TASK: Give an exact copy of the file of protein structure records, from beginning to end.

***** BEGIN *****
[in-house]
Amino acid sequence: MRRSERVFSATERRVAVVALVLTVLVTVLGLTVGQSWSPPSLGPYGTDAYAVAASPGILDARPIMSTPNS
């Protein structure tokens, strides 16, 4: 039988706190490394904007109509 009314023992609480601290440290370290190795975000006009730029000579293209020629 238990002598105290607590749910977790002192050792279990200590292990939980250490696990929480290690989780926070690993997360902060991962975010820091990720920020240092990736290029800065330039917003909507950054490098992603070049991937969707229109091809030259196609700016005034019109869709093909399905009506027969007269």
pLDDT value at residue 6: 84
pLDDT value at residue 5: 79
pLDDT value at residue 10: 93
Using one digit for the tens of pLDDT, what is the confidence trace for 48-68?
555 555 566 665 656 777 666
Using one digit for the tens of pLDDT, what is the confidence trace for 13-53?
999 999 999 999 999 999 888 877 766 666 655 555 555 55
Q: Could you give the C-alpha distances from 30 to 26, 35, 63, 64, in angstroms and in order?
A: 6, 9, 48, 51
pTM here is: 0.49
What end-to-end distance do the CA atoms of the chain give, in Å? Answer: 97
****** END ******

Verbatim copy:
[in-house]
Amino acid sequence: MRRSERVFSATERRVAVVALVLTVLVTVLGLTVGQSWSPPSLGPYGTDAYAVAASPGILDARPIMSTPNS
């Protein structure tokens, strides 16, 4: 039988706190490394904007109509 009314023992609480601290440290370290190795975000006009730029000579293209020629 238990002598105290607590749910977790002192050792279990200590292990939980250490696990929480290690989780926070690993997360902060991962975010820091990720920020240092990736290029800065330039917003909507950054490098992603070049991937969707229109091809030259196609700016005034019109869709093909399905009506027969007269």
pLDDT value at residue 6: 84
pLDDT value at residue 5: 79
pLDDT value at residue 10: 93
Using one digit for the tens of pLDDT, what is the confidence trace for 48-68?
555 555 566 665 656 777 666
Using one digit for the tens of pLDDT, what is the confidence trace for 13-53?
999 999 999 999 999 999 888 877 766 666 655 555 555 55
Q: Could you give the C-alpha distances from 30 to 26, 35, 63, 64, in angstroms and in order?
A: 6, 9, 48, 51
pTM here is: 0.49
What end-to-end distance do the CA atoms of the chain give, in Å? Answer: 97